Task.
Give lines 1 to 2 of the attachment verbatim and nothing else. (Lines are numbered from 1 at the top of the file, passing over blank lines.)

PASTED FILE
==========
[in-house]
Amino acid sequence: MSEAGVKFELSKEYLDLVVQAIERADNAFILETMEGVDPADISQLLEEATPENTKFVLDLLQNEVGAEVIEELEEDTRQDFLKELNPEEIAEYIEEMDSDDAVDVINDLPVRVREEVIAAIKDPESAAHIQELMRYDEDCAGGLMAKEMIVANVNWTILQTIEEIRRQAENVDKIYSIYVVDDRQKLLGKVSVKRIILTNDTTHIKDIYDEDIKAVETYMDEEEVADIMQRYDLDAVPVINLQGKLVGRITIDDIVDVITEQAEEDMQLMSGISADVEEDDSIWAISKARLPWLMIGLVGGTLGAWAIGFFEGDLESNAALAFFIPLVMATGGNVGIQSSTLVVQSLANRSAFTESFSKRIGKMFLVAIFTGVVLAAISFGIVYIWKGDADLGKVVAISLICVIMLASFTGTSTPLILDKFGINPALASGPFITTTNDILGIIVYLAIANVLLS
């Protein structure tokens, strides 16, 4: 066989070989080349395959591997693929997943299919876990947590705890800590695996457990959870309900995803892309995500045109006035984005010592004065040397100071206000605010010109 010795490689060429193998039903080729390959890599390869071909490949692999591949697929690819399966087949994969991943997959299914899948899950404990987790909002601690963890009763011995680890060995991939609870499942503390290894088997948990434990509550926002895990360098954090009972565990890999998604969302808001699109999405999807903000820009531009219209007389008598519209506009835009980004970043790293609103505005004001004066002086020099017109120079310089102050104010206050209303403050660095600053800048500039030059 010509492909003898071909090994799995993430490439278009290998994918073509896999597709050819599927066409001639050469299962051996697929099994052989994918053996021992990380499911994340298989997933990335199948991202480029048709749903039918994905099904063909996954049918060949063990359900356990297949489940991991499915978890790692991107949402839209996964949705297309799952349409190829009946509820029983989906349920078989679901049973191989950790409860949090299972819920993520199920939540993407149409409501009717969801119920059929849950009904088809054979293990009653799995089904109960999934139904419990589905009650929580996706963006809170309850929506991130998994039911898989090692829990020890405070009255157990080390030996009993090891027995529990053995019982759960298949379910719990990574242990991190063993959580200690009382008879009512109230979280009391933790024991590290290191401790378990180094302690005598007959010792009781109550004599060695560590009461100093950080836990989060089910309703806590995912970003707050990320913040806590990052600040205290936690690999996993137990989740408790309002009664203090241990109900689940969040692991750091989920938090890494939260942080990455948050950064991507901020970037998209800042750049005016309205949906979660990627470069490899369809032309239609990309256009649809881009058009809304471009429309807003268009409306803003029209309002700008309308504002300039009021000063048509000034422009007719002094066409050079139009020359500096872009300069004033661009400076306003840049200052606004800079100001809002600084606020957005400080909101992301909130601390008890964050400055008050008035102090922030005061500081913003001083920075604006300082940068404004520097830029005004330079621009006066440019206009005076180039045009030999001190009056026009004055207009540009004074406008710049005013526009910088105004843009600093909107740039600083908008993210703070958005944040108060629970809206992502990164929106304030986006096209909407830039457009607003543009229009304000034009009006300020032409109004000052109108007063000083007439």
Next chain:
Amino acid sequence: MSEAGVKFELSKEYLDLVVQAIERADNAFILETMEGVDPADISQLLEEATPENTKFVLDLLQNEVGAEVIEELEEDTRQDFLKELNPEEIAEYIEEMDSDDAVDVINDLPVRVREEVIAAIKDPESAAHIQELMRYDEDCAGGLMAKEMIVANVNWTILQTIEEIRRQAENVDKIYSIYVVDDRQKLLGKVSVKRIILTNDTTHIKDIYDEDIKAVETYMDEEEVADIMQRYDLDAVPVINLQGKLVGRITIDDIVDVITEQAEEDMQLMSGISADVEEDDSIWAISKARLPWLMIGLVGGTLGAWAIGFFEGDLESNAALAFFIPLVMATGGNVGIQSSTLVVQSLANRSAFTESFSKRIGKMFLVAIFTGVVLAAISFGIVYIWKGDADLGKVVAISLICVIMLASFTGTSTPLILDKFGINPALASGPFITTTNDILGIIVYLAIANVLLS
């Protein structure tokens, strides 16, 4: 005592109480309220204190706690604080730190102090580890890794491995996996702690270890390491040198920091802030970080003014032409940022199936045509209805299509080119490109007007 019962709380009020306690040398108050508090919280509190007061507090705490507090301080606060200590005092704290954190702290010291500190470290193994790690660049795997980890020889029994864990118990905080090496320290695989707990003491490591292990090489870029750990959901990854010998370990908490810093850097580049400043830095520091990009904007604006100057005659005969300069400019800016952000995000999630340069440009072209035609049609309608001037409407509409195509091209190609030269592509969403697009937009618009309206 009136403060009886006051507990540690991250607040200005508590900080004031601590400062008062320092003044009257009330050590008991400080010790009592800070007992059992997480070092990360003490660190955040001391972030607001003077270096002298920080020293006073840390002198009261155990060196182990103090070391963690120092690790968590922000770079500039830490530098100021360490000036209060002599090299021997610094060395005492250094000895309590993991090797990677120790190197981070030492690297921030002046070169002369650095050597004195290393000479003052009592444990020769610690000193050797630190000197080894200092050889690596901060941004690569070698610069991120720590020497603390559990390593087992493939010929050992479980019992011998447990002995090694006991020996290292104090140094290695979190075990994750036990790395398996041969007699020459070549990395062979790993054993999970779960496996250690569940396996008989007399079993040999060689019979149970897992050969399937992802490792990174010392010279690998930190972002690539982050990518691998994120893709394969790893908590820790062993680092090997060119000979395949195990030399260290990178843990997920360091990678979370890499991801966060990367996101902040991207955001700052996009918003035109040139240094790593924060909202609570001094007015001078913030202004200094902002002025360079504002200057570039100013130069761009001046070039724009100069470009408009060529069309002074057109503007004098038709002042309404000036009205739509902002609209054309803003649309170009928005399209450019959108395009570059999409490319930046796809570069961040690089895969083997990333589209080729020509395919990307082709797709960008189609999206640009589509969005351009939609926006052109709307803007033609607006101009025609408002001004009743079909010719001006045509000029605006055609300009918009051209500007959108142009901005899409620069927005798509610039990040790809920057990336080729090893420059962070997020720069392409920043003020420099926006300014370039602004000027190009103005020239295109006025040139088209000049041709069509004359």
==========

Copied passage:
[in-house]
Amino acid sequence: MSEAGVKFELSKEYLDLVVQAIERADNAFILETMEGVDPADISQLLEEATPENTKFVLDLLQNEVGAEVIEELEEDTRQDFLKELNPEEIAEYIEEMDSDDAVDVINDLPVRVREEVIAAIKDPESAAHIQELMRYDEDCAGGLMAKEMIVANVNWTILQTIEEIRRQAENVDKIYSIYVVDDRQKLLGKVSVKRIILTNDTTHIKDIYDEDIKAVETYMDEEEVADIMQRYDLDAVPVINLQGKLVGRITIDDIVDVITEQAEEDMQLMSGISADVEEDDSIWAISKARLPWLMIGLVGGTLGAWAIGFFEGDLESNAALAFFIPLVMATGGNVGIQSSTLVVQSLANRSAFTESFSKRIGKMFLVAIFTGVVLAAISFGIVYIWKGDADLGKVVAISLICVIMLASFTGTSTPLILDKFGINPALASGPFITTTNDILGIIVYLAIANVLLS